There are still no trains north of Carlisle due to the Lamington Viaduct repairs and the replacement buses increase the journey times. I managed to slip away from work and catch an earlier train out of Lime Street Station than I had originally planned. At least part of the journey would be in daylight. By the time we got to Wigan North Western, enough sun had penetrated the glowering clouds to produce that wonderful golden hour of light before sunset beloved of photographers. It made even the station and the adjacent rather utilitarian car park glow.
At Preston we were kept waiting a driver whose arrival was delayed by floods. I finally finished reading Great Plains while on the train. I was pondering that I had already known something about the native Americans, the explorer and settler trails across the region, its geography, wildlife, the farmers trying to make a living there and the dustbowl. From the book I learnt more about the Mennonite settlers and something else that had not occurred to me: it is the location for several nuclear missile silos. In Carlisle, I was waiting for the bus to Edinburgh with a guy from London who had also been on my train. He said that he had just started work for Railtrack and that he had never been this far north before.
On Wednesday I had work to do, a day of coffee and statistics. In the evening, I attended a Burns Night celebration at the Scottish Arts Club. I met several new people (including some of the botanic artists) and enjoyed some great food. We were entertained by several members with the toasts, some of Burns songs and some by James Hogg. At the end of the evening I got back to the flat by taxi and was physically exhausted but my mind was racing with ideas and plans for more creative work of my own. The first few blossoms are appearing on the cherry tree outside the window but from Thursday evening through Friday and into Saturday we were treated to gales, snow, hail and sleet showers, the remains of storm Gertrude which battered the eastern USA a few days ago. The snow on Saturday morning lay long enough for all the local children to be out on the Meadows building snowmen but it melted soon after when the sun emerged. The blossoms have survived the onslaught.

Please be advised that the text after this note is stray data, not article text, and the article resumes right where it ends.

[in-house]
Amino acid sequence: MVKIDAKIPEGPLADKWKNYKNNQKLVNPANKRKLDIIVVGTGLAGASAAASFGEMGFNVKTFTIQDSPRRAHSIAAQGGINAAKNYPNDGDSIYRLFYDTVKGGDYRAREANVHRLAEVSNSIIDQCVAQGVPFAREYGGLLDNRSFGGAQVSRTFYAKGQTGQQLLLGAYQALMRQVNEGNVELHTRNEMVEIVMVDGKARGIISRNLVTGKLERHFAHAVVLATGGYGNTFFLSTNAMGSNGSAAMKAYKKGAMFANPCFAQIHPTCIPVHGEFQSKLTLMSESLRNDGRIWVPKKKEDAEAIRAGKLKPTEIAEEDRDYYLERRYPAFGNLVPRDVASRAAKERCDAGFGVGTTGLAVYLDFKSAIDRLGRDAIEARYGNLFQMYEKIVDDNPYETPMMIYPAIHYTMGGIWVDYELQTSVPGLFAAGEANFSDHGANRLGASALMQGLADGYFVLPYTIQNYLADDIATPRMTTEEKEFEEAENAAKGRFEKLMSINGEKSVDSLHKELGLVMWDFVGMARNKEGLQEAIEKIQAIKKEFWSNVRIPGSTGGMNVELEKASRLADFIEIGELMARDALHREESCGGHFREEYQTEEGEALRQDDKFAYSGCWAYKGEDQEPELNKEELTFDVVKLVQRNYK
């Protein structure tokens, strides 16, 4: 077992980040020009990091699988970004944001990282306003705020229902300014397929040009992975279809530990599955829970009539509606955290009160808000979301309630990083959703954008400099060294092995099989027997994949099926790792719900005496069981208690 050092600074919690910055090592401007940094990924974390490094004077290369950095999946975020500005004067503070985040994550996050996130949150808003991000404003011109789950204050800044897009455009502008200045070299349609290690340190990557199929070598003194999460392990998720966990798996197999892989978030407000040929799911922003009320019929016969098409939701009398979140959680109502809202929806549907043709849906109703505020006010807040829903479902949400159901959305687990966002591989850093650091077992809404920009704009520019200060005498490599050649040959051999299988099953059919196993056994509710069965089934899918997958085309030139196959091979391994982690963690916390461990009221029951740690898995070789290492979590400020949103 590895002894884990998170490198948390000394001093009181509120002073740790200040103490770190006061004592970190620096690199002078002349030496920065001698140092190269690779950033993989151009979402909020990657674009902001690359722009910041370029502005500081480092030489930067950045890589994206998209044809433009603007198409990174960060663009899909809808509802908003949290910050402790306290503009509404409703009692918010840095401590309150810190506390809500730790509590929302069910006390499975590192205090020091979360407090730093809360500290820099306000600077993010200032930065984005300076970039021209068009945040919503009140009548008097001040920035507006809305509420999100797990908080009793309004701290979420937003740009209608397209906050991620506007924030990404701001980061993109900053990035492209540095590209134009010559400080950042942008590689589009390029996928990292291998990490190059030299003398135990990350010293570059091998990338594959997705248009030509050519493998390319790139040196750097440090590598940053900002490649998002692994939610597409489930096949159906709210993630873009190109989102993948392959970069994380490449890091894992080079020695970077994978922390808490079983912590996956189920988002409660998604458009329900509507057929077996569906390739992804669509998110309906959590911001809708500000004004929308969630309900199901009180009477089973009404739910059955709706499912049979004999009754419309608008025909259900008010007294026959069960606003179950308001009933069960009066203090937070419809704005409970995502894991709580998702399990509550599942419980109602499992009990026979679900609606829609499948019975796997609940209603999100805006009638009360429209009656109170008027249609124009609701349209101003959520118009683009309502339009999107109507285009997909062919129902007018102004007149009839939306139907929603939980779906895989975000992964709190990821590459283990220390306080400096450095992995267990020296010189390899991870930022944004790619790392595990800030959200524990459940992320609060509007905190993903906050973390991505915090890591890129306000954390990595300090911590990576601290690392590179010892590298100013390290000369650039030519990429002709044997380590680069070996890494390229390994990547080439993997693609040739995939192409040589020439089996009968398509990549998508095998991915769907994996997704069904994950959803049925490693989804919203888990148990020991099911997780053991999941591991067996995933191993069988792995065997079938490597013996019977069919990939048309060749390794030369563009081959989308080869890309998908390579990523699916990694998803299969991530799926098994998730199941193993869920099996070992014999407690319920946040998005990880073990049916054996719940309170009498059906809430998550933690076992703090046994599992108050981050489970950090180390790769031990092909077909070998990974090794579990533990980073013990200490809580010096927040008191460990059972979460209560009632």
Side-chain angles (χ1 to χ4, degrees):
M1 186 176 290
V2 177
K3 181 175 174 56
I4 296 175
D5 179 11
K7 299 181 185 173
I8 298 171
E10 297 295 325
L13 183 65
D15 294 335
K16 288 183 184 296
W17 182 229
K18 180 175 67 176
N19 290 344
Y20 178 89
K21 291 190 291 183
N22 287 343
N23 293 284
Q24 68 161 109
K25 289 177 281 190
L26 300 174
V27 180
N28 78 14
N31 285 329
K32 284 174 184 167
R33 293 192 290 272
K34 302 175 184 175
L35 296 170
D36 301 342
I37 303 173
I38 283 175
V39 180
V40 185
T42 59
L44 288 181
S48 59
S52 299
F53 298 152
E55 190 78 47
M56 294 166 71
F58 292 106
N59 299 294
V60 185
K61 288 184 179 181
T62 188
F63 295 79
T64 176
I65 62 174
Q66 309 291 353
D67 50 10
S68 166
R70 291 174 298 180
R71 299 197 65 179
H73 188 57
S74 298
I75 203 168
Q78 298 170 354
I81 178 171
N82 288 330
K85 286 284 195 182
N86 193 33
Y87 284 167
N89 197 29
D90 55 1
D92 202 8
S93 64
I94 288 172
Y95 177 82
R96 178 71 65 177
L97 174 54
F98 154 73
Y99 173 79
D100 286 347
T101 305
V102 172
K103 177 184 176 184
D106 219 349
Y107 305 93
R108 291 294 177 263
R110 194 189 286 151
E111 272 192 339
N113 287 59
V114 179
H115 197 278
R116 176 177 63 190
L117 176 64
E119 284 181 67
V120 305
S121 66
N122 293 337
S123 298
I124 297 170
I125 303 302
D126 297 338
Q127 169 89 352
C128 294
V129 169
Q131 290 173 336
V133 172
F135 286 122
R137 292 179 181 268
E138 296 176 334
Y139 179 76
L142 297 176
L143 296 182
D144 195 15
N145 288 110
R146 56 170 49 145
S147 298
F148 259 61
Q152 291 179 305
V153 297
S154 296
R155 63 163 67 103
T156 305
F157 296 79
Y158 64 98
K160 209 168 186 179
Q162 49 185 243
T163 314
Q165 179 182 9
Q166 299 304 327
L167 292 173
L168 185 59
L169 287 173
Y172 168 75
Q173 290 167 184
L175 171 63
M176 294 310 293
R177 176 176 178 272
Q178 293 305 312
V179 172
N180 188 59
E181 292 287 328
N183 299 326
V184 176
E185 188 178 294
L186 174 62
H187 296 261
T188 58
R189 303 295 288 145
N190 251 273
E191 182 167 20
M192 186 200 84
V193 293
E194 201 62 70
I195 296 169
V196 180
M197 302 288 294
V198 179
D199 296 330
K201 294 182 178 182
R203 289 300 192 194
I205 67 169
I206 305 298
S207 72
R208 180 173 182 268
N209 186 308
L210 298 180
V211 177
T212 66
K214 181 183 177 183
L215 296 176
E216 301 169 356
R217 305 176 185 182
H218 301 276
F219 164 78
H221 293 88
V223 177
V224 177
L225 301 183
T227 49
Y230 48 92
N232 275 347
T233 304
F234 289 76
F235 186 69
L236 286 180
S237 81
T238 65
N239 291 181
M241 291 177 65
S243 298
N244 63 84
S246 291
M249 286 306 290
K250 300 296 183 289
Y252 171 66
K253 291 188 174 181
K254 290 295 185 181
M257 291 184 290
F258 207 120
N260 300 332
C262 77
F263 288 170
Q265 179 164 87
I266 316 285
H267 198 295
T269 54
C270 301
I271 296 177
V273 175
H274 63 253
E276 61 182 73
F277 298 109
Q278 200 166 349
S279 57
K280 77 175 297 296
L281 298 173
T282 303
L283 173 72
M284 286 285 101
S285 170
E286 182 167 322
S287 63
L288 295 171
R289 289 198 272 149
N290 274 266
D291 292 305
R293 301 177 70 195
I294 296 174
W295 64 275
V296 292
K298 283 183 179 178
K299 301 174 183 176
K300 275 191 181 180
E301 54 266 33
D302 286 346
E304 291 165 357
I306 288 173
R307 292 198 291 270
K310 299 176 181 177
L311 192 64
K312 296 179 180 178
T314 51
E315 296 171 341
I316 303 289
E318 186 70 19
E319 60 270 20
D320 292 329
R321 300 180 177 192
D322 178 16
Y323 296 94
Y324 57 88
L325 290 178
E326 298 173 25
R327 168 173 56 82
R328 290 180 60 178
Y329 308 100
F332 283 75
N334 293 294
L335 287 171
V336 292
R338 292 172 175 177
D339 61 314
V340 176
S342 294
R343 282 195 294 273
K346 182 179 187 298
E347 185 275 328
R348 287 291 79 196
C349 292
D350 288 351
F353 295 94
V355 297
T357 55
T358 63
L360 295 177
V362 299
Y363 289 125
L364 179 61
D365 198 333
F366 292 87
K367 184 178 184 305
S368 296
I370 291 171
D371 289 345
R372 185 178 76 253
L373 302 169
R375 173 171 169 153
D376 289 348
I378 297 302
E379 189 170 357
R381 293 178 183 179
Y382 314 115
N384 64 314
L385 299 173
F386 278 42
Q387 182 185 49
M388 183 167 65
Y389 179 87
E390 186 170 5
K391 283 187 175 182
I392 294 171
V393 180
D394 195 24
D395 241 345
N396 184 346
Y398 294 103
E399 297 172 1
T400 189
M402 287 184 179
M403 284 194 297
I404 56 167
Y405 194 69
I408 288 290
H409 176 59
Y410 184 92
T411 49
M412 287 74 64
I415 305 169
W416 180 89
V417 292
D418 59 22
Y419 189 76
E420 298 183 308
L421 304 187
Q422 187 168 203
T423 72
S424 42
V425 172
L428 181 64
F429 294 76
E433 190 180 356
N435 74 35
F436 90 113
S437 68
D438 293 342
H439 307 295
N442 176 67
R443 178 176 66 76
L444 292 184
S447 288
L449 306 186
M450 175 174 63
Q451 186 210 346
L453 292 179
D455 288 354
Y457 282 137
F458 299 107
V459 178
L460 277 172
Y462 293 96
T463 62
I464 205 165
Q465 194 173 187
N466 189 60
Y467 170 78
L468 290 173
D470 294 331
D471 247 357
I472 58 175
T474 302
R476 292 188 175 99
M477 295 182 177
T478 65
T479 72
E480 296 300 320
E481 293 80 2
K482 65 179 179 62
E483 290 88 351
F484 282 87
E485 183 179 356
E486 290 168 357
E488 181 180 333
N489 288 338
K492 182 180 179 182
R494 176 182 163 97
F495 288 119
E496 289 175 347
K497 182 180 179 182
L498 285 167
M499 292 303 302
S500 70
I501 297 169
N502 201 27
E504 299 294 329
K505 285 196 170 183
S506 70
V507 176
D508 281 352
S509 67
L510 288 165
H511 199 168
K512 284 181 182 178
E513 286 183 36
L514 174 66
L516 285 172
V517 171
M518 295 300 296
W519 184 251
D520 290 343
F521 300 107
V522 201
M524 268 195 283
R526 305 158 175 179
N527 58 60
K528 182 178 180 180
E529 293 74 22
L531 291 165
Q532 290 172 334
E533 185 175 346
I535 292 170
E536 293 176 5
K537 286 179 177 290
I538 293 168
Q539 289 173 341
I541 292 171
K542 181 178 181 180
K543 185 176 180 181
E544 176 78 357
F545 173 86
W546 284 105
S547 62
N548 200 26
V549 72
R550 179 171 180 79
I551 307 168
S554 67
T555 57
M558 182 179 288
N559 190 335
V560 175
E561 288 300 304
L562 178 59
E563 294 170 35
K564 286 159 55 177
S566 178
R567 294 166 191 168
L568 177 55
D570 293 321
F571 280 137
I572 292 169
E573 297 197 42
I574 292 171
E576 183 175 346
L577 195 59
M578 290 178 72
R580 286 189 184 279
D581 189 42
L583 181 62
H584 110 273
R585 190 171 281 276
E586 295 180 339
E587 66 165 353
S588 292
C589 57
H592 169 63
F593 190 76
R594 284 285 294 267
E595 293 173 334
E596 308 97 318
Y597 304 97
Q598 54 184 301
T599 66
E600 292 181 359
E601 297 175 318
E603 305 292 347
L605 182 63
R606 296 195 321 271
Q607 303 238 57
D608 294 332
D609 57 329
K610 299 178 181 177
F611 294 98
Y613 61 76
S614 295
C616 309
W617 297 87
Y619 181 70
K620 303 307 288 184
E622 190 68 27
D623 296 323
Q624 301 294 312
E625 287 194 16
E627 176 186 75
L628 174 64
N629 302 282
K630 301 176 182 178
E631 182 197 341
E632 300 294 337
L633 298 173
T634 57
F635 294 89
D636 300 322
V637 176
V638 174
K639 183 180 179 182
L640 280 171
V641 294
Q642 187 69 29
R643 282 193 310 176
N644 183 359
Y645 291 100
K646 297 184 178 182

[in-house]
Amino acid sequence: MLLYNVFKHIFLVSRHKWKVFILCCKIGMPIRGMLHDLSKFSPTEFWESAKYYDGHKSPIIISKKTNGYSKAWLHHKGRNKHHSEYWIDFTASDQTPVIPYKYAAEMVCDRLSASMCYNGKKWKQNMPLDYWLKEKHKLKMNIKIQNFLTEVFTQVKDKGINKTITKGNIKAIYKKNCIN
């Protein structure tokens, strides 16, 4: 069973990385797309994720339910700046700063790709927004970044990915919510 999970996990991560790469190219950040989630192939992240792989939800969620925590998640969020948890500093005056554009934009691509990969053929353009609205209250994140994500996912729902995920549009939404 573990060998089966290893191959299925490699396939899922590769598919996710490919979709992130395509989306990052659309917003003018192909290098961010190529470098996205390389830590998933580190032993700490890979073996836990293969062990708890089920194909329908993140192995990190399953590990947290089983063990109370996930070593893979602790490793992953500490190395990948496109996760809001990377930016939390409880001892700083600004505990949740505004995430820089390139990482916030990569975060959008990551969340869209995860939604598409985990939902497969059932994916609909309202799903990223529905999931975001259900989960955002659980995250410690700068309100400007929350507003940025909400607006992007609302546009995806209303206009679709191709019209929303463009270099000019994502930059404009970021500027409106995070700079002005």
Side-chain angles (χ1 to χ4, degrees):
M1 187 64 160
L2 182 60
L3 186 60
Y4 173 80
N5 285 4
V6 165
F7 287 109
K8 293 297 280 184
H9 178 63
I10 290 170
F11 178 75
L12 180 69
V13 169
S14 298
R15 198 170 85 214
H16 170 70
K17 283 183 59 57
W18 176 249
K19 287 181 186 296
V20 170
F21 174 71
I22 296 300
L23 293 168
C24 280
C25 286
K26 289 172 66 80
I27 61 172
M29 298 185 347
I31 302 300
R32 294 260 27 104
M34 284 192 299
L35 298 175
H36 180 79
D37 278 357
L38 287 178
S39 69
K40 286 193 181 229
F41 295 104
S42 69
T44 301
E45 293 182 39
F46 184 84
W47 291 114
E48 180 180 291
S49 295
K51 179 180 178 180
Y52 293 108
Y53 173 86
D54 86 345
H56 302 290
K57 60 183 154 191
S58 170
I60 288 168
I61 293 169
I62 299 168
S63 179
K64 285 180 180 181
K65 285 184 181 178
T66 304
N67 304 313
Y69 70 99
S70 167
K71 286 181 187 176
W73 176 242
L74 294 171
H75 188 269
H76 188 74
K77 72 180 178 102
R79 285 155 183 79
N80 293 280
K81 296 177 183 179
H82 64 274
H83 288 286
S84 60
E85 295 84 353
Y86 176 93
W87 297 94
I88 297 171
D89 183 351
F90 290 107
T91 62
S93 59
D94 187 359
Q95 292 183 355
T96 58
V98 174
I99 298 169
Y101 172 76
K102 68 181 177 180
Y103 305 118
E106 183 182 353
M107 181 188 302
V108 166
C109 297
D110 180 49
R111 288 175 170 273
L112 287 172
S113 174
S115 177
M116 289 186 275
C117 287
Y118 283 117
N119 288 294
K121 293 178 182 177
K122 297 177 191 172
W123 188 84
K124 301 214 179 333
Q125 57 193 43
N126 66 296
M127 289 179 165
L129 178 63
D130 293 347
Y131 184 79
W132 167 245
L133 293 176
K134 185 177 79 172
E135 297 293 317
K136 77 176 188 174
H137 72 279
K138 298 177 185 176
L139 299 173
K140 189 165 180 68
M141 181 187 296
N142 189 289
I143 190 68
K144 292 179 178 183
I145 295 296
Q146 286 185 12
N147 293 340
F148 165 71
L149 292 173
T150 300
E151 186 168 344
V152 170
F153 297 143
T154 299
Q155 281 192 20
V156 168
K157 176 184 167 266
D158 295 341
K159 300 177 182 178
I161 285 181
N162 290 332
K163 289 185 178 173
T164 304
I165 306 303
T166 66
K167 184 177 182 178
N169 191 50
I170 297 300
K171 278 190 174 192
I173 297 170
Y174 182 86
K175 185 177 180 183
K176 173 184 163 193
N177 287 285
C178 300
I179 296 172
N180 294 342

One winter treat in Edinburgh is that the Scottish National Gallery puts on a display each January of Turner watercolours. Although he never ventured further than Europe, here is one entitled ‘Falls near the source of the Jumna in the Himalaya.
Saturday evening saw us having dinner in Katie’s Diner in Bruntsfield. There are only six tables and it is decorated with Americana including photographs of New York taken in the 1950s, musical instruments and also some more local colour from several Jack Vettriano prints. At night the castle is lit up and glows almost orange.
This morning it was time to head home so we wandered through the borders with flooded fields being enjoyed by swans and geese and some snow on the Lammermuir Hills but very little further south. Between Greenlaw (one of only two towns in Scotland to have a village green) and Kelso, we came across Hume Castle. It is closed in winter and all you can see from the road are the 18th century walls which hide a much older keep. I made a note to re-visit in the summer. Just before we got to Kelso on the B6461 I saw a sign that said ‘Bookshop’. We did not explore further as it was unlikely to be open on Sunday but something else for the return visit.
We were soon descending towards Carlisle, the border and lower altitudes. Snow-covered Cumbrian hills appeared above the cloud but fog and rain were with us for the rest of the journey.